PLAYING POLITICS ISN'T A POLICY. I'm going to dissent, with Ezra, from the emerging TAPPED line on Iran here and say that any Democrat who comes out and argues that we can't deal with Iran until Bush is out of office will do nothing more than reaffirm to the nth degree the perception that Democrats cannot handle national security matters. Iran is not just an American problem and is not going to go away as an issue if Democrats choose to punt on it. The U.S. did not precipitate this conflict. The entire world, through the United Nations National Security Council, is concerned about Iran becoming the ninth state to acquire nuclear weapons. The Europeans were taking the lead on exerting pressure on Iran until quite recently, and Russia attempted to broker a deal that would prevent the present intensification of tensions. A nuclear Iran governed by a madman is of far graver concern to Europe and Israel than it would be to the more distant U.S. The issue for us right now is that the U.S. is the only nation with the military power to credibly insure that negotiations are backed by the threat of force, as some believe they must be to succeed. So some of the present U.S. saber-rattling, as disturbing as it may be, has to be understood as part of the international negotiating process, rather than an effort to ignore it.

Meanwhile, the single most important question from the perspective of American interests -- which is what I'd like to see Democratic (and Republican) leaders talking about, rather than whether or not the president is a bozo -- is how our presence in Iraq is going to help or hurt whatever it is we intend to do about Iran, and what the impact of any action against Iran will be on our troops. It's not at all clear to me whether, as some analysts believe, the presence of 150,000 U.S. troops across the border in Iraq is acting as a kind of niggling on-the-ground reminder that the U.S. threat of force is real and capable of being launched now as at no other time (what with the military having such a strong presence in the region already), or whether, as Iranians and a number of observers of the region have warned, any actions taken while U.S. troops remains so heavily involved but thinly spread in Iraq will amount to walking into a noose.

Abdel Bari Atwan, editor in chief of London's Al-Quds Al Arabi, is one of many who have articulated that latter perspective:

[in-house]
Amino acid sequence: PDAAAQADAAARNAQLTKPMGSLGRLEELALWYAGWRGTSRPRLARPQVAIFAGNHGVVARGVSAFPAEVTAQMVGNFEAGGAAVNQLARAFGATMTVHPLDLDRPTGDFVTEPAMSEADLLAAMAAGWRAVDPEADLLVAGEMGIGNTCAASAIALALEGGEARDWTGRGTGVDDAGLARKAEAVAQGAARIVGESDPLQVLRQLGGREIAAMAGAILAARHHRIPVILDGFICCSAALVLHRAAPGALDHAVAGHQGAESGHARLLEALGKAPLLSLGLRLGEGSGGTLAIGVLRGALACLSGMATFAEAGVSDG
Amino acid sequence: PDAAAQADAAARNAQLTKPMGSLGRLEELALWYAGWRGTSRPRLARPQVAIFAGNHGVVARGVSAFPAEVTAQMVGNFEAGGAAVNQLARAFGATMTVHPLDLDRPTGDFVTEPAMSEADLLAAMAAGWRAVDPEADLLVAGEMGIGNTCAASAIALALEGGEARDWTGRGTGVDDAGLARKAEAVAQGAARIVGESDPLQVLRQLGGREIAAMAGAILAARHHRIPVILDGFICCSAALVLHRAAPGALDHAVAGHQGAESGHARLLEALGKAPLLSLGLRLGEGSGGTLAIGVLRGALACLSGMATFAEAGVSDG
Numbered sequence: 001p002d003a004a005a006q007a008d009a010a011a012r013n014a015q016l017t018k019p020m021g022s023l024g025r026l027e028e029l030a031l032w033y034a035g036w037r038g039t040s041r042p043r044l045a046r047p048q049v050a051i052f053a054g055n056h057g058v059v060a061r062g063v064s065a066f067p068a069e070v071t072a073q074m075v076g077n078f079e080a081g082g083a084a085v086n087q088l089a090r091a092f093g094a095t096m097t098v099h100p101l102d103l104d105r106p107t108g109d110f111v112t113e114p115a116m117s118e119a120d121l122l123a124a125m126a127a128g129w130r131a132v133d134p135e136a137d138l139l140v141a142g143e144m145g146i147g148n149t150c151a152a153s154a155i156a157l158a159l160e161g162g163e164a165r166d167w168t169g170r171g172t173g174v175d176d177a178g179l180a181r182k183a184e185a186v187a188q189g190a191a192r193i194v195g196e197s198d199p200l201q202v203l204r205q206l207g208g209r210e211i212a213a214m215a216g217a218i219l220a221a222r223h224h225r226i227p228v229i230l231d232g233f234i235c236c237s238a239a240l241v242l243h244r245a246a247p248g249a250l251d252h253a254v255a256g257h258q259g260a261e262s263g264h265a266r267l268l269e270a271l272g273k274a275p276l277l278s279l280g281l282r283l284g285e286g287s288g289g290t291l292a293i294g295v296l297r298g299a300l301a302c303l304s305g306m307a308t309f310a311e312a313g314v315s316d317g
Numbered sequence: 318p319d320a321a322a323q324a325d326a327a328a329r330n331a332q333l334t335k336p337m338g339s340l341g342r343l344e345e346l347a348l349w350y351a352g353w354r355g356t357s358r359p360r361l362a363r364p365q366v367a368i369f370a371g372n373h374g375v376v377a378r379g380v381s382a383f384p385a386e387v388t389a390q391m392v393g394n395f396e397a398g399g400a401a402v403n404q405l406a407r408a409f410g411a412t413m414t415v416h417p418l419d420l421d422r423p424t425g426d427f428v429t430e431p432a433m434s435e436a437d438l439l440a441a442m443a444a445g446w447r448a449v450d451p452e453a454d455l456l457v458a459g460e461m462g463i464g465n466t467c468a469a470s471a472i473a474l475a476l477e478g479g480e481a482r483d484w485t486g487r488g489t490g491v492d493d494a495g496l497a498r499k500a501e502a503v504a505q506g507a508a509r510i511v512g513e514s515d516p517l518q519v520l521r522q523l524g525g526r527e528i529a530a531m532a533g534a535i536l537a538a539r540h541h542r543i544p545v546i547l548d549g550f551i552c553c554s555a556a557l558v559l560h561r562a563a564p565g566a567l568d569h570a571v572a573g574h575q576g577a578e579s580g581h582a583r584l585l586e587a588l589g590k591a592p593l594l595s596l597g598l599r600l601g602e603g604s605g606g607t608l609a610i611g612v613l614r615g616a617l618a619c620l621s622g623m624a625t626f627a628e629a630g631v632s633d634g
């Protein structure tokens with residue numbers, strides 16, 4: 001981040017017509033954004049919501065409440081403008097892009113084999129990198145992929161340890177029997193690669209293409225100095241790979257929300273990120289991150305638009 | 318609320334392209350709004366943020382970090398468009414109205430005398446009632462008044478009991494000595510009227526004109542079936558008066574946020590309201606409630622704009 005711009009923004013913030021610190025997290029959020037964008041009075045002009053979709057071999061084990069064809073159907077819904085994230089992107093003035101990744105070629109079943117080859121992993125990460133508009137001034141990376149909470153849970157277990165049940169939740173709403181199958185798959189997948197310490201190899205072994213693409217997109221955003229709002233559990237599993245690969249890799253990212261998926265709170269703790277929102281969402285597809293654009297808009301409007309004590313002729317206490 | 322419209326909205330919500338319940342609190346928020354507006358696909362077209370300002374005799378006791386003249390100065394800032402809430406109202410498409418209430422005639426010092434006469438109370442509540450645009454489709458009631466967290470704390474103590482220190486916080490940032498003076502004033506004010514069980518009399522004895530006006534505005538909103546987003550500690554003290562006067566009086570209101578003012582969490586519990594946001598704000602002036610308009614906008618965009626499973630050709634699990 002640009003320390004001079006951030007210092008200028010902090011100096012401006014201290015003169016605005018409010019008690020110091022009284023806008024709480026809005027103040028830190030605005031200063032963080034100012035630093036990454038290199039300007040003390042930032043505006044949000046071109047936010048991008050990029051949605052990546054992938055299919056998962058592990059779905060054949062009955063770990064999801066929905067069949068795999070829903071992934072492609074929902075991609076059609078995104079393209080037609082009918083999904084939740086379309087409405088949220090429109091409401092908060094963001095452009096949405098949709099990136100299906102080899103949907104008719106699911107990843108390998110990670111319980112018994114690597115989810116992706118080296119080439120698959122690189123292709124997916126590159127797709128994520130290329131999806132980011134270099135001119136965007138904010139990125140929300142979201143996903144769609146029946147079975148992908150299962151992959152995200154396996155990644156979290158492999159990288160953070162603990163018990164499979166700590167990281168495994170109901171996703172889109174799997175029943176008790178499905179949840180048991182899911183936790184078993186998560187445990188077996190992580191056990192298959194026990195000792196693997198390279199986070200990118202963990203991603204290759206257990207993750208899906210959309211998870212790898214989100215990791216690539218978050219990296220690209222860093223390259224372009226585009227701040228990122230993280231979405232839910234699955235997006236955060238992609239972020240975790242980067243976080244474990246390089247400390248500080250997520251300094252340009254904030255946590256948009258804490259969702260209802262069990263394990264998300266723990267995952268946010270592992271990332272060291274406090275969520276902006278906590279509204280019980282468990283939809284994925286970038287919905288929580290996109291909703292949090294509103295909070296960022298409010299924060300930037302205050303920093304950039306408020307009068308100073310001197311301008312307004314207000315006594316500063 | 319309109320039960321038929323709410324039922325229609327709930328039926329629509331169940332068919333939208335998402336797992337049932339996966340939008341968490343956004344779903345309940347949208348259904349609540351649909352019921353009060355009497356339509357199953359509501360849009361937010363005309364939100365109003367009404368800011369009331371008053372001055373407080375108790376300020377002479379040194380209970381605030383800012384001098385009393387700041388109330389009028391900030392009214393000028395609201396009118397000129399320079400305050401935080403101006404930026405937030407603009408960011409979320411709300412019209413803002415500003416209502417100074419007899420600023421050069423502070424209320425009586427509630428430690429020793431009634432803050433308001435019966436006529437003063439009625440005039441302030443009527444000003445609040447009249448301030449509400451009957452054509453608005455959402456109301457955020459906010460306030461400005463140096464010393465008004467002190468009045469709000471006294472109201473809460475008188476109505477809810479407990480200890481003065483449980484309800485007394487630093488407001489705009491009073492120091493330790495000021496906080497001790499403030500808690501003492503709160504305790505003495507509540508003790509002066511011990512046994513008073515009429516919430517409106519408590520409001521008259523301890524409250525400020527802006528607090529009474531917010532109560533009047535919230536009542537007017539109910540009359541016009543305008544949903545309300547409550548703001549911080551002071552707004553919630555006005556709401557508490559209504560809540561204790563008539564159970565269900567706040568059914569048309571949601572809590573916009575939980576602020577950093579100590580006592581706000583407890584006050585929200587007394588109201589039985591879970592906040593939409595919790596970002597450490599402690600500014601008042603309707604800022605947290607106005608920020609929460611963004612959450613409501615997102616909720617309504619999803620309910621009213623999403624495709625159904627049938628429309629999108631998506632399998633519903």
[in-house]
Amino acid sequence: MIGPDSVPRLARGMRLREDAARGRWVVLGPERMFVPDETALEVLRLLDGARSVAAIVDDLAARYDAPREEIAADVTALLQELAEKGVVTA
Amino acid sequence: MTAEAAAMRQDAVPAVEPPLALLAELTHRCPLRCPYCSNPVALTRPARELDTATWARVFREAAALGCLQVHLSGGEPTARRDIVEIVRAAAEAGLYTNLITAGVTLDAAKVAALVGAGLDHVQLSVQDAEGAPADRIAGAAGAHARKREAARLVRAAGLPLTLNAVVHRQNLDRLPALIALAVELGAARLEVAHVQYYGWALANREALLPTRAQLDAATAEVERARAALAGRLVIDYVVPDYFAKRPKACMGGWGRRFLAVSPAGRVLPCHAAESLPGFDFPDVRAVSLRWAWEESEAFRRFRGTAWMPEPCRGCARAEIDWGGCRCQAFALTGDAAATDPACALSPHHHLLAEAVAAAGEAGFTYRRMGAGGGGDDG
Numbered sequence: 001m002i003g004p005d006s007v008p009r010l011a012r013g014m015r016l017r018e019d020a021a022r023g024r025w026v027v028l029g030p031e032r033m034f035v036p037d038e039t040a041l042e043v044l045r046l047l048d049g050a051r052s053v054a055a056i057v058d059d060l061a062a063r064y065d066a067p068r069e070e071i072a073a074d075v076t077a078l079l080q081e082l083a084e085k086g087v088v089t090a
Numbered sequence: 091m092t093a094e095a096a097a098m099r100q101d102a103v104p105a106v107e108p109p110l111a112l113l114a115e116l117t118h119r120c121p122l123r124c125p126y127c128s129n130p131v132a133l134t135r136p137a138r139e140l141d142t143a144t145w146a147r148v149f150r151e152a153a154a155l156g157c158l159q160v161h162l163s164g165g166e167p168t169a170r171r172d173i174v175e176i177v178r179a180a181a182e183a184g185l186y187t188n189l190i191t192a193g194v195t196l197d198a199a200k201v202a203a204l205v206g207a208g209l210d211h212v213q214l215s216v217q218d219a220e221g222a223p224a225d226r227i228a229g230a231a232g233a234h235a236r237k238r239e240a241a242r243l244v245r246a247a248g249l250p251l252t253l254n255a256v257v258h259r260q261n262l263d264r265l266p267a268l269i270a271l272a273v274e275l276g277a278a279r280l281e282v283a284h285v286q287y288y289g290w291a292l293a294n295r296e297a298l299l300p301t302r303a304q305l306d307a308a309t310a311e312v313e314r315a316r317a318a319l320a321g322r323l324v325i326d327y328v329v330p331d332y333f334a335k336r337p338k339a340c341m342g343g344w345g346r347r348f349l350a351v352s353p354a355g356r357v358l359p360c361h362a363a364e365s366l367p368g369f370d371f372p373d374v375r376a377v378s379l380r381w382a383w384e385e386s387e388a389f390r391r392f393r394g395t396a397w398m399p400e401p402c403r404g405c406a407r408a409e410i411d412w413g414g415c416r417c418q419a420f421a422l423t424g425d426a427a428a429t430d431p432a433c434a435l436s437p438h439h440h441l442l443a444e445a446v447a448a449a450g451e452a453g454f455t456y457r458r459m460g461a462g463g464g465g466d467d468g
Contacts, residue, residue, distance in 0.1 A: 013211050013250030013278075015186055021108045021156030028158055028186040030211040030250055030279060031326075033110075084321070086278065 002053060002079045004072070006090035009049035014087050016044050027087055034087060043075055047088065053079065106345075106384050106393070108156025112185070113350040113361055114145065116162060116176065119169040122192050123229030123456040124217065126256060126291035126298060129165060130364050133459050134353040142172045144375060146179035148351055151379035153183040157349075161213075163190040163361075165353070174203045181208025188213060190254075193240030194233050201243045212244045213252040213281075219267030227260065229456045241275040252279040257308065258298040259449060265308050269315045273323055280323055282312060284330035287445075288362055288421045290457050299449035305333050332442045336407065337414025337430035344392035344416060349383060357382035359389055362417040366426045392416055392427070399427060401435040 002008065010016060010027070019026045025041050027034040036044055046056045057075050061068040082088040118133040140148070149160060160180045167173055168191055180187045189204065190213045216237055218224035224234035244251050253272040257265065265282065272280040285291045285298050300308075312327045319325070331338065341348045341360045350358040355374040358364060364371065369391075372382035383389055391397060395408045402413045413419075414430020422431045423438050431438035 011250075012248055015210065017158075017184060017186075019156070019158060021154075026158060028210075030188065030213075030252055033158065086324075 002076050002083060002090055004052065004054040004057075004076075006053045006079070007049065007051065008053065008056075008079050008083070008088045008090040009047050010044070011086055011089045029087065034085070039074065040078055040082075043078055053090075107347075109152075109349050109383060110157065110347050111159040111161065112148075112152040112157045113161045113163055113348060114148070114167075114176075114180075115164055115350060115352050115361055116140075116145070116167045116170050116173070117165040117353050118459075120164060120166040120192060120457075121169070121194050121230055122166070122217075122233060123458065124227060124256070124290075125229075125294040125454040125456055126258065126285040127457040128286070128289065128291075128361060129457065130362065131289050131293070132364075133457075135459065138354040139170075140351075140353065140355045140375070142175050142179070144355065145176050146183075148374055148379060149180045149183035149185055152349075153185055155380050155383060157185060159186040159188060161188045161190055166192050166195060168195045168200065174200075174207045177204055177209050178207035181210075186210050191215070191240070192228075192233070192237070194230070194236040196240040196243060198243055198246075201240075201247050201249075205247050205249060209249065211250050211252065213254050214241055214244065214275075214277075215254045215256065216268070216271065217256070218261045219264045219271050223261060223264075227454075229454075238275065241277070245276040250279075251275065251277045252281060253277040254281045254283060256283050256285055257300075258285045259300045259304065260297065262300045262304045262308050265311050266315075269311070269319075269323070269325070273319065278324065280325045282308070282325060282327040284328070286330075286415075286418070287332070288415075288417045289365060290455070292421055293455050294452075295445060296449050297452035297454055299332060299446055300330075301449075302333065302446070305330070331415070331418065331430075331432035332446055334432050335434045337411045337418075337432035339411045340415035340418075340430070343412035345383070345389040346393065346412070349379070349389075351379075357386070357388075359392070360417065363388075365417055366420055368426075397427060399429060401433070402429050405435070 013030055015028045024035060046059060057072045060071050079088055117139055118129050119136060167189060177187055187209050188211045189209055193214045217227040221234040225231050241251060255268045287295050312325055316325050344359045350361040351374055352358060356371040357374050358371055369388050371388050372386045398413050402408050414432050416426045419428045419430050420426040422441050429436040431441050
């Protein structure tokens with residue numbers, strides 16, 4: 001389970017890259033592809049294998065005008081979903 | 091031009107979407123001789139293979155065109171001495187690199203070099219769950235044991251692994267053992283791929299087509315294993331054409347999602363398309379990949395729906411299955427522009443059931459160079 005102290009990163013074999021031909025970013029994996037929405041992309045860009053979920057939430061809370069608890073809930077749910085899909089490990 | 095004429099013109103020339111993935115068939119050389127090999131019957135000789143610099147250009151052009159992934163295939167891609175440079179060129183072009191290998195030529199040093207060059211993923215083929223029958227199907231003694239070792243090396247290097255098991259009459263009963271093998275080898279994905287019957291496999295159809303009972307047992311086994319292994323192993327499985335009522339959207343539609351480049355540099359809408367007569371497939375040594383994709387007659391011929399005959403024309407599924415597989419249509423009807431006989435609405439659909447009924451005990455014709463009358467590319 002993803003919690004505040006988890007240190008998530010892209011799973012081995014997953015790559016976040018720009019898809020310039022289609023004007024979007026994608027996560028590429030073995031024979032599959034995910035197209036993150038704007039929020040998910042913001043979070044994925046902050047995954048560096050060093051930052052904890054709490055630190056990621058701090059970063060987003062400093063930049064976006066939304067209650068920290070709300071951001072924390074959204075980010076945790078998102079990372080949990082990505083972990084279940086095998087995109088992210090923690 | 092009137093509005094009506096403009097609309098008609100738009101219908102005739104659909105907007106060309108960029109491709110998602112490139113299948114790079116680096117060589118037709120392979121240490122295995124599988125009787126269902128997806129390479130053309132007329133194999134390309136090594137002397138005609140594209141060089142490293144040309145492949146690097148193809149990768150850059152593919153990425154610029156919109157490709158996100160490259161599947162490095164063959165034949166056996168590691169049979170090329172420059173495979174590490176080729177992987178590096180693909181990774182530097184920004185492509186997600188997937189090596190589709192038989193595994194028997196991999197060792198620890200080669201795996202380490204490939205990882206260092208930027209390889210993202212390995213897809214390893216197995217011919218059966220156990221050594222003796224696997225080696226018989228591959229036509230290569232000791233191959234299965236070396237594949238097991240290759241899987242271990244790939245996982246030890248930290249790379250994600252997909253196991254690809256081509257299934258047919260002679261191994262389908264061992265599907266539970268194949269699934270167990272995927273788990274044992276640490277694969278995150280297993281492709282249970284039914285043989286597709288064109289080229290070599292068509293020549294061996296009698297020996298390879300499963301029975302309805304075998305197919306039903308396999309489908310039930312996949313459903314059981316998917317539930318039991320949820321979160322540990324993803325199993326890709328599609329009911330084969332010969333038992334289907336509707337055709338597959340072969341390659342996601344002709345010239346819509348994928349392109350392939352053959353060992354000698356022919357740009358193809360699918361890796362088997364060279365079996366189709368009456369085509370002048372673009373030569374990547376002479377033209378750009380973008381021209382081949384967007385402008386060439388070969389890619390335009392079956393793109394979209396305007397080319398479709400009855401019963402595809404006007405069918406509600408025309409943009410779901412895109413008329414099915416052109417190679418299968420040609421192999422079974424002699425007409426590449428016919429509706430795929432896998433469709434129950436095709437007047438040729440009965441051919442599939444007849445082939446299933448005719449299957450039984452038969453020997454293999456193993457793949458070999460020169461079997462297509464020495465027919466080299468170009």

If they impose economic sanctions against Iran, it means 150,000 American soldiers will be hostages to the Iranian militia or Iranian supporters inside Iraq. Now the Sunni are against them, in the future the Shia will be against them, they will have extremely serious difficulties.

Iraq is already, by all accounts, in the midst of an intensifying civil war. What would be the impact of bombing Iran now on that conflict? Can the U.S. military option most likely to be used -- air power -- really be considered a discrete intervention when neighboring ground forces may face retaliation? Even those who argue most credibly for the eventual necessity of air strikes if Iran continues to flout the international bodies attempting to convince it into to give up its nuclear ambitions cannot answer this question.

Further, there is a very real question about what impact air strikes might have on the Iranian opposition movement and the pro-democracy forces we say we support. Even in the U.S., we know that dissidents are most unpopular when a nation faces external threats. It is possible that Iranian President Mahmoud Ahmadinejad would use U.S. or coalition air strikes to unify his humiliated nation against the West and crack down on internal opposition in a way that undermines hopes for democracy in the region and destroys the possibility of liberalization within Iran for years to come. Indeed, air strikes might even make it more likely that Iran ultimately acquires nuclear weapons, by rallying the Iranian public behind the goal and making the need to prevent further attack by the U.S. more urgent.

Given that most credible intelligence analysts believe Iran is five to 10 years away from building a bomb, and given the incredible risks air strikes might pose to both U.S. troops in the region and to Iranian dissidents, the strongest argument that can be made right now is that the United Nations process that was short-circuited in the lead up to the Iraq War ought to be scrupulously adhered to in this instance, and that negotiations be given a real possibility of working. A strong Democratic response to Iran's nuclear ambitions that begins with taking Iranian nuclear ambitions seriously -- I find a disturbing number of people on the left are now telling me that there's nothing to worry about if Iran goes nuclear -- and then forcefully demands from the administration a decent respect to the opinions of mankind and international law, as well as a level of evidence it failed to provide with regard to Iraq, is about as much as can be hoped for. I also believe it would be respected.

--Garance Franke-Ruta